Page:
Chair and Professor of Applied Computational Mathematics & Statistics
University of Notre Dame
Bei Hu of Mathematics is studying mathematical models from mathematical biology. Examples among them include tumor growth, plaque formation, and others.
Tumor growth: Tumor growth models are based on density of cells and concentrations of nutrients and signaling molecules. Tumor growth is usually modeled by dynamical systems, and because of spatial effects due to cell proliferation, it is natural to model the evolution of tumors in terms of partial differential equations.
Tumors grow or die when the amount of nutrients available to them is above or below a certain threshold (equilibrium). There is also an internal pressure governed by either Darcy’s law (solid tumor) or Stoke’s equation (breast cancer and brain tumor). One way to study whether and how the tumor grows is to focus on the steady state solution. An asymptotically stable solution means that the tumor will not grow much, while an unstable solution means that the tumor will likely grow and spread. The study and simulation showed that a larger tumor aggressiveness coefficient will likely cause the steady state tumor to become unstable. The numerical simulation showed how the tumor's shape changes over time.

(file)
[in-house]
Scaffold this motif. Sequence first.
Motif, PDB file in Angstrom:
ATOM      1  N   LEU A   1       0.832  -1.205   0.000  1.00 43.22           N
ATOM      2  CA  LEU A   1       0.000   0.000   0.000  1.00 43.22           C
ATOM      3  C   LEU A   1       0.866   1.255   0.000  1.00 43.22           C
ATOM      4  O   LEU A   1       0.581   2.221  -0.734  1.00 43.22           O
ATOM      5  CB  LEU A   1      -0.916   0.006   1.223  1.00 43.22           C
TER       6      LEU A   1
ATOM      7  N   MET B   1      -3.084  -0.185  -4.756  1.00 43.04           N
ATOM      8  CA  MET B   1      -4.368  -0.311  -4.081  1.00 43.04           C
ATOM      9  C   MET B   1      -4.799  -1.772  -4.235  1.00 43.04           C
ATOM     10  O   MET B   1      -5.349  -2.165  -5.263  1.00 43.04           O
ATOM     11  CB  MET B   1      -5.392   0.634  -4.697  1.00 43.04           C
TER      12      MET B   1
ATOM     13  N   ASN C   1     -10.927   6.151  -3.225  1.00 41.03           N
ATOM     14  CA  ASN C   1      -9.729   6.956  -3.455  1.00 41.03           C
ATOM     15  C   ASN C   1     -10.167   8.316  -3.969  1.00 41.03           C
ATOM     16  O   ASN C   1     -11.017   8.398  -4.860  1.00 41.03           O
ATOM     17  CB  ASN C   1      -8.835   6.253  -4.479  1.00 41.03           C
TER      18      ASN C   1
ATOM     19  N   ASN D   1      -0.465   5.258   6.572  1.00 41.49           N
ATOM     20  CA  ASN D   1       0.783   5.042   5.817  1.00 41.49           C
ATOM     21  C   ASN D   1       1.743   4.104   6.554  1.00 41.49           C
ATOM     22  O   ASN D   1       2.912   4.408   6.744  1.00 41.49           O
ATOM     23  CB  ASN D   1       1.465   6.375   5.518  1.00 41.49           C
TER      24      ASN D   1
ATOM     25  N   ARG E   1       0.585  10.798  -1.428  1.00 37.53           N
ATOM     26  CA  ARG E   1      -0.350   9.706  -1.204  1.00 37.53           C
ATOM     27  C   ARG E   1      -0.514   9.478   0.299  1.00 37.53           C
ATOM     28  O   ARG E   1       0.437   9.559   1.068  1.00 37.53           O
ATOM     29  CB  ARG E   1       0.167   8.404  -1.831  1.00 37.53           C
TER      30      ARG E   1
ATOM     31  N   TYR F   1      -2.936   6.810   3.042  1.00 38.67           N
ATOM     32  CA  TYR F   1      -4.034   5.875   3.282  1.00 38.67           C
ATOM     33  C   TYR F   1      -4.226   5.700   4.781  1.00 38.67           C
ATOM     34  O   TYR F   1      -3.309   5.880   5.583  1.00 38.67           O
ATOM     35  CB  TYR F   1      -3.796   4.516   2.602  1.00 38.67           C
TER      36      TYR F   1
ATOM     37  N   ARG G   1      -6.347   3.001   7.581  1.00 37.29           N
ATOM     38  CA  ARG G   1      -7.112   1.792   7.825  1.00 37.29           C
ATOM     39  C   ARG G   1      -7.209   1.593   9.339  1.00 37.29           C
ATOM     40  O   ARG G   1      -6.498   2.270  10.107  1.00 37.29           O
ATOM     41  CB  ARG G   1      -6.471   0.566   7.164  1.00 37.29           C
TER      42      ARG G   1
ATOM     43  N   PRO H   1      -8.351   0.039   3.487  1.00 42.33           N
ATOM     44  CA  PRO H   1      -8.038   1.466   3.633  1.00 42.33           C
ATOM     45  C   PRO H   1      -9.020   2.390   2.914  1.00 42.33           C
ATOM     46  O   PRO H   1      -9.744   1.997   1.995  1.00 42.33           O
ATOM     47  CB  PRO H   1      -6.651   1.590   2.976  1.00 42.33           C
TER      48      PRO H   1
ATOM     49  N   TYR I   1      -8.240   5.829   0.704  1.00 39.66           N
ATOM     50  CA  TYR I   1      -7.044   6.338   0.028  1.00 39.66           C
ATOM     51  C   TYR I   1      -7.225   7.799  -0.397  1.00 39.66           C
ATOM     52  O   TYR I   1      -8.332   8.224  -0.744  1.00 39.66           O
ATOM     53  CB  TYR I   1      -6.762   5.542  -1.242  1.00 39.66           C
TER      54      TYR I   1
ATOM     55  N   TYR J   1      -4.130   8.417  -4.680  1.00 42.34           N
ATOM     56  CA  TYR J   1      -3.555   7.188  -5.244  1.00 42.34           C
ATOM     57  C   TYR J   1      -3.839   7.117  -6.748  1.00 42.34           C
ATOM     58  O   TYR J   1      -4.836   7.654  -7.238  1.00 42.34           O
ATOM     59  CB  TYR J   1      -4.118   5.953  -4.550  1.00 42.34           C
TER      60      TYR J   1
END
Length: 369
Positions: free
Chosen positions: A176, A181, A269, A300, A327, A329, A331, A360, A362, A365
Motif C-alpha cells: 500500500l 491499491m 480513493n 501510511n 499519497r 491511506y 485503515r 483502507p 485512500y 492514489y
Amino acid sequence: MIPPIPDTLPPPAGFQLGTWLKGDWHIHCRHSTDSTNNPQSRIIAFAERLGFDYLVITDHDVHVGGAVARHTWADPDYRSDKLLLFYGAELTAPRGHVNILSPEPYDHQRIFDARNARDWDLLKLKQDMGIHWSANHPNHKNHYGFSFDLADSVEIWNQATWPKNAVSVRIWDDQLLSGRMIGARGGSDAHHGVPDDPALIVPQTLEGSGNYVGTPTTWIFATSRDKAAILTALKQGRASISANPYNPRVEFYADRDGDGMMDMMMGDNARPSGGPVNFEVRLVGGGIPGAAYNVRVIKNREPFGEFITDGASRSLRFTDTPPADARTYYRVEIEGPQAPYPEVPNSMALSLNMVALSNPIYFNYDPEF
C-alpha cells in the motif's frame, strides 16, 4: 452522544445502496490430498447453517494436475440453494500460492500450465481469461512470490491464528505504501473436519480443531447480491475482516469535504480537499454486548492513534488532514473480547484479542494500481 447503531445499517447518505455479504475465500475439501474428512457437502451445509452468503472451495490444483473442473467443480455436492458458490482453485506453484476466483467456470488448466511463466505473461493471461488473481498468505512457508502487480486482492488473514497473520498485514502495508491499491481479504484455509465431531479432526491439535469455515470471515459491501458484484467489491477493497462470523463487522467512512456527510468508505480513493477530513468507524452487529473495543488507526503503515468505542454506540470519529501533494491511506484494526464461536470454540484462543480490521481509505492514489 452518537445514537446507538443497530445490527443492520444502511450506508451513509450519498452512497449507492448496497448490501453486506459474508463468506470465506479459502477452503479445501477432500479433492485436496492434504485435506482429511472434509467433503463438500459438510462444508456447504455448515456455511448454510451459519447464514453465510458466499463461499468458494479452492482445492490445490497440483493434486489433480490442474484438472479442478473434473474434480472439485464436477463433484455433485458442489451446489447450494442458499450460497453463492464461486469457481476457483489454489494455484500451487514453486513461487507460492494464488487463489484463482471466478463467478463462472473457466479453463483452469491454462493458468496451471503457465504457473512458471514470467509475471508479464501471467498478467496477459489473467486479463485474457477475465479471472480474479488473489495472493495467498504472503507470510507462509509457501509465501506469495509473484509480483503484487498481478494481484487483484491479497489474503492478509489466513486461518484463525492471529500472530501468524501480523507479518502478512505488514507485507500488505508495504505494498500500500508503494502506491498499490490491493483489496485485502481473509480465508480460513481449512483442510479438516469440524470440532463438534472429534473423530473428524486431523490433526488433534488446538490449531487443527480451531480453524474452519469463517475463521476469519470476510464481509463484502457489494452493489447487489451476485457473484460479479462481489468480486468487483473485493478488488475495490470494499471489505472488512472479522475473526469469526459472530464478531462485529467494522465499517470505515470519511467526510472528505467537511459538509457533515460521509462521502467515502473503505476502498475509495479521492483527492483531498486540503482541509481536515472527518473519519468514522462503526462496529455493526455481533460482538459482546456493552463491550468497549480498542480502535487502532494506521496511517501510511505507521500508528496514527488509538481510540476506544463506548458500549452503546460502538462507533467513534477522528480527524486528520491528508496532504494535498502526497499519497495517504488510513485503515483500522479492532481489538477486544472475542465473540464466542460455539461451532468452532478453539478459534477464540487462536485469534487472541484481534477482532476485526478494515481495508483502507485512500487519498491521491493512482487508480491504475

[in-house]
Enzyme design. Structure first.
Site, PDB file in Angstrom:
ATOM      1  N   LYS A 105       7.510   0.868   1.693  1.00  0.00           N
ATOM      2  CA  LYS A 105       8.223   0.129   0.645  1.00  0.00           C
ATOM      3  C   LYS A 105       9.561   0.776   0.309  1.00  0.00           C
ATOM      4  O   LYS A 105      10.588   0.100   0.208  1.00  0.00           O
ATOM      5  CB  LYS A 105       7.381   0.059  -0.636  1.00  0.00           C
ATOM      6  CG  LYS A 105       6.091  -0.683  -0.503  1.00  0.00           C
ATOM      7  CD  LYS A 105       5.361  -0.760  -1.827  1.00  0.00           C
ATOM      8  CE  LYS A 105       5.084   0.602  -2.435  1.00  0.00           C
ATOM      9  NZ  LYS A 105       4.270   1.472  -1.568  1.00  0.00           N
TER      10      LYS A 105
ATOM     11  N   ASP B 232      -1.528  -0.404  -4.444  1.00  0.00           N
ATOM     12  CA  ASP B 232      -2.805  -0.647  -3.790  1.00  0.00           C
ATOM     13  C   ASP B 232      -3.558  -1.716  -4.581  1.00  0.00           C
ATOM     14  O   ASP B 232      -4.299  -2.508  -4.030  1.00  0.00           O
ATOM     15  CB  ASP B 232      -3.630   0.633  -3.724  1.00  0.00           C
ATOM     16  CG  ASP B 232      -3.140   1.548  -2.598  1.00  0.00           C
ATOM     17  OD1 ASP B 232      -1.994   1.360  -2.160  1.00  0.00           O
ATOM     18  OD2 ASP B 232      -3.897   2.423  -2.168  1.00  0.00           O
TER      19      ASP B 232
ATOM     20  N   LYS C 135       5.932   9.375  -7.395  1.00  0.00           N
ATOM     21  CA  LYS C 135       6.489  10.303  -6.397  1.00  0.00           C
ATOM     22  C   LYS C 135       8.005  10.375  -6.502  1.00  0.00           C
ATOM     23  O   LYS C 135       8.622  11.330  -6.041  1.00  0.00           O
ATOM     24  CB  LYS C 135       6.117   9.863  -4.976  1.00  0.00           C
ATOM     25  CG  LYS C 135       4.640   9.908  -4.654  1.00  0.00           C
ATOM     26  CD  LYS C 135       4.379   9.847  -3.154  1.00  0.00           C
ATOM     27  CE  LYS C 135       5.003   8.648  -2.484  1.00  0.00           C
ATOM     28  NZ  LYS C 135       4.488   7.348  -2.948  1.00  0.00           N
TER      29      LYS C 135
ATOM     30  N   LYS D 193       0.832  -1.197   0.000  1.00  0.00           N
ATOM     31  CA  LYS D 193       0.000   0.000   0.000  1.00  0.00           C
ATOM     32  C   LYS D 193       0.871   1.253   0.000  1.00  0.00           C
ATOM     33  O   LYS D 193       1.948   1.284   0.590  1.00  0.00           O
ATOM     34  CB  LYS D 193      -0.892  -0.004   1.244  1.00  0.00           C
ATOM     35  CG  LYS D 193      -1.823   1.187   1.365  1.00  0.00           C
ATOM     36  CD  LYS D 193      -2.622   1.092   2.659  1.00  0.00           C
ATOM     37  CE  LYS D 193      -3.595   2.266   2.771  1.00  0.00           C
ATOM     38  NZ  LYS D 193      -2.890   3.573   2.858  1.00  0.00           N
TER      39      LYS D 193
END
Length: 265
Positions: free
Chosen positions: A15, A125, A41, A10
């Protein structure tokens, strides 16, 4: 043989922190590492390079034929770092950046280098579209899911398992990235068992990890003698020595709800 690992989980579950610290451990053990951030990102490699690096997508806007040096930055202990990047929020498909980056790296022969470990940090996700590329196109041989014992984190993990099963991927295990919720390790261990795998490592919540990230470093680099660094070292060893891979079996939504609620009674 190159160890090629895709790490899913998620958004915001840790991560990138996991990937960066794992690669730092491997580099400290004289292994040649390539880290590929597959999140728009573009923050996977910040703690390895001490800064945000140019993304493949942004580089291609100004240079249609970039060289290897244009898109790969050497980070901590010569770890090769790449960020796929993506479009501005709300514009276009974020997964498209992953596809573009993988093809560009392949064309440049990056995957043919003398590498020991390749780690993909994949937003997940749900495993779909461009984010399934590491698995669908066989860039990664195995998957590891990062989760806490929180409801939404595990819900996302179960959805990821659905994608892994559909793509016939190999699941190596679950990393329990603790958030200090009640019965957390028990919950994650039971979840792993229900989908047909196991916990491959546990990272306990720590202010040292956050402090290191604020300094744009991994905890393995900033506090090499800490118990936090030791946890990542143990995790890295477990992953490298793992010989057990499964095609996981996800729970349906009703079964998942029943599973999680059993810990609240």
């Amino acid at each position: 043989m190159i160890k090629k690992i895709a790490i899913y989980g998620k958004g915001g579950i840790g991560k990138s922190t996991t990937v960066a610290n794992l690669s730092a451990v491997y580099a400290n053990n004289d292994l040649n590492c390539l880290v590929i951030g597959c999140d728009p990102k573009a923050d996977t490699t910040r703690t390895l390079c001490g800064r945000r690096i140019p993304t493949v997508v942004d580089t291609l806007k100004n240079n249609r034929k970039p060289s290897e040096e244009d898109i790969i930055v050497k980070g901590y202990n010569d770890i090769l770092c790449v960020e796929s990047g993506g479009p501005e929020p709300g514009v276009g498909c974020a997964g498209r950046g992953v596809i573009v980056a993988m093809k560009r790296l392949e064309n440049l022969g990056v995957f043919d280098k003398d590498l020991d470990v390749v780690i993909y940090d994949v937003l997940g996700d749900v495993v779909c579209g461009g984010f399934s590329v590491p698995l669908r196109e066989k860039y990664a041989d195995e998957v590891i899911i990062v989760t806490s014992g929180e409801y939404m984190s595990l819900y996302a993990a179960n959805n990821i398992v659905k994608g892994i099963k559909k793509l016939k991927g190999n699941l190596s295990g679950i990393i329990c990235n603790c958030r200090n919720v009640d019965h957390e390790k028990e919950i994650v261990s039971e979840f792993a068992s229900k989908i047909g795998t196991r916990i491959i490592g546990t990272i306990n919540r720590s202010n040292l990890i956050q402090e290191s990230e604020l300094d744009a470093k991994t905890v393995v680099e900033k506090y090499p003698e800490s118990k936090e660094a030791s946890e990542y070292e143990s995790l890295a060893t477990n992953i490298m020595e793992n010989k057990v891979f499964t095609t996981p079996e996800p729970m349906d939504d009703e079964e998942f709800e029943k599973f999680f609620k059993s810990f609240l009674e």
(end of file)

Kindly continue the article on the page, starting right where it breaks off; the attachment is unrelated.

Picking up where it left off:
Plaque formation: A simplified model of plaque growth involving LDL and HDL cholesterols, macrophages and foam cells, which satisfy a coupled system of PDEs with a free boundary, the interface between the plaque and the blood flow. Atherosclerosis is a leading cause of death worldwide; it originates from a plaque that builds up in the artery. A variety of properties are investigated.